The Creative Process for Managing Projects

6 surprising similarities between project management and art

June 14, 2018 | Helen S. Cooke

watercolor paintingSometimes people assume a project manager is simply an administrator who tracks the progress of a project team’s work against an established schedule. But that’s the role of a schedule administrator, not a project manager. Project management is actually, in many ways, a highly creative endeavor.

A high-level, full-fledged project manager is typically skilled at creating a process for carrying out a project from its inception through its delivery of final results. Project management is inherently creative because projects are typically formed to create something that is distinctly different from what has been done before. If it has been done before, it is operations, not a project. In project management, predicting what may go wrong and why, avoiding risk, and resolving unexpected problems are all part of the process. When a project works well and everything goes as expected, we are tempted to think it was really quite simple. But projects are seldom simple. That is why the people who choose to be project managers thrive on putting order on chaos. They actually like this type of work.

The process of project management has surprising similarities to the process of the creative artist. The artist, like the project manager, is tasked with creating something distinctly new. The artist employs knowledge, skill, talent, foresight, and careful management of options and resources. Let’s take a look at the parallels in more detail:

1)   High-Level Planning  

Both artists and project managers must make strategic and detailed plans before beginning the work.

The artist choosing to create a watercolor painting needs to decide the size and shape of the paper that will best suit the subject being painted. This includes decisions about the texture of the surface, the length and width of the cut paper, and the weight of the paper. Wide paper that is not so tall creates a calming painting, tall paper that is not so wide creates a painting that excites or inspires, and so on. In order to make these decisions, the artist needs to have a clear vision, in advance, of what the subject matter will be and how it will be best portrayed. The artist might also need to know the intended purpose and audience for the end product. Who (if anyone) has commissioned the painting? Where will it be displayed? What criteria will be used to determine if the painting is a success?

Likewise, when a project manager approaches a new project, many decisions must be made before the project itself begins. The project manager must decide how long the project will last, when it can start, and whether it can finish before the end product becomes obsolete. The tools to run the project need to be selected. The parameters of the project depend largely on complex considerations about where and by whom the product will be used. Who will receive the project’s end product? Will it be too expensive to suit the sponsor? How will the results stand up over time? This planning process often involves exciting, strategic, creative plans. Simply using the tools and templates that are easiest to acquire will no more satisfy a project manager than a paint-by-numbers kit satisfies an artist.

2)   Understanding the Context  

In preparing to paint, an artist who has already selected the painting’s subject matter and paper will begin to think more about the palette of paints to be used. The selection of color will depend on the end goals. Will this be a modern or traditional piece? Some colors invoke history. Others reflect contemporary palettes. Will the landscape be winter—cool blues and yellows for snow and dull browns and deep greens for winter foliage? Will there be light clouds? Stormy darks? Pale, foggy air? Will the end picture be smooth and homogeneous in texture, or will there be uneven parts where paints do not mesh or where details vary from one end of the piece to the other? The artist must consider the effect of damp or dry air on how fast the paint dries, or the tendency of some paints to drip or run more easily with the effects of gravity. In making her decisions, the artist must creatively, and strategically, combine an understanding of the end goals with an understanding of the tools at her disposal.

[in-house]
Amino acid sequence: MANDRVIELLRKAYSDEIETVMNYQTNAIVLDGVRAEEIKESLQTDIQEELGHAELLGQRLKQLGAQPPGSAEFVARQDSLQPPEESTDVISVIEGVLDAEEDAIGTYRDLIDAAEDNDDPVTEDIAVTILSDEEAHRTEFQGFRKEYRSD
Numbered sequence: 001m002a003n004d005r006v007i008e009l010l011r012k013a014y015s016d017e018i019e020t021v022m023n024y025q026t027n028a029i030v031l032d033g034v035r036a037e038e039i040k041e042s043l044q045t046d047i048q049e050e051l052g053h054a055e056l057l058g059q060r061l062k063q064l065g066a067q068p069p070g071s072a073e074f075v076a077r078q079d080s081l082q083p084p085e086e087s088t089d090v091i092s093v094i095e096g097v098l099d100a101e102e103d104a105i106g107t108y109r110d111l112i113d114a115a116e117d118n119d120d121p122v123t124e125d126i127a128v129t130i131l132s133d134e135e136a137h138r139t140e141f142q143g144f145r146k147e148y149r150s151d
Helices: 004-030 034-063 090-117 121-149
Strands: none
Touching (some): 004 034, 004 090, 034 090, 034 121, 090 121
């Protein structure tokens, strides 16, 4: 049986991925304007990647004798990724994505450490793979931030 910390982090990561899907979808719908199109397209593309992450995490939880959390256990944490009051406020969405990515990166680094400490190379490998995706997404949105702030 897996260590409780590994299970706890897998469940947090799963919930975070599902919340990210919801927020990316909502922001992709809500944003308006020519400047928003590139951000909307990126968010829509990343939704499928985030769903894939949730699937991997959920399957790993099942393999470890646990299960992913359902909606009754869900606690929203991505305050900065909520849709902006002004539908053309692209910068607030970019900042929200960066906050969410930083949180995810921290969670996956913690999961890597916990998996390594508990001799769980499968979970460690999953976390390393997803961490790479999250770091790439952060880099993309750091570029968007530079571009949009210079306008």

In preparing to implement the plan for a project, the project manager must make creative decisions by understanding the context of the project’s implementation. Will the project be implemented in an organization with established, traditional methods and values of work? Or will it occur in an entrepreneurial setting where people appreciate the complexity and volatility of new methods? Will the resources be ample, or tightly controlled? Will team leads need to be able to manage team conflict and customer interference? Should there be a prototype to test the model and time to revise the plan if necessary? In figuring out the answers to these questions and more, the project manager must have a sophisticated understanding of the many contexts and parameters surrounding implementation of the project.

3)   Decisions of Time and Sequencing  

Now that the artist has selected her subject, paper, and paints, she must make decisions regarding the timing and sequencing of the painting. Which part of the painting should she begin with? How long should she spend on which portion of the painting? Some sections might need to be painted together to maintain continuity. There may need to be complex structures, vanishing points, or areas of visual interest that use similar colors. Should the background be painted first? What about the key points of interest, where bright colors capture the eye? There are many possible strategies for sequencing. Sections can be developed separately. The artist might progress light to dark, or large in scale to smaller, or back to front, top to bottom. The choice of what can be painted simultaneously will shape work periods. Unexpected occurrences may require revisiting the plan or possibly making major changes. No plan works out exactly as it is expected to.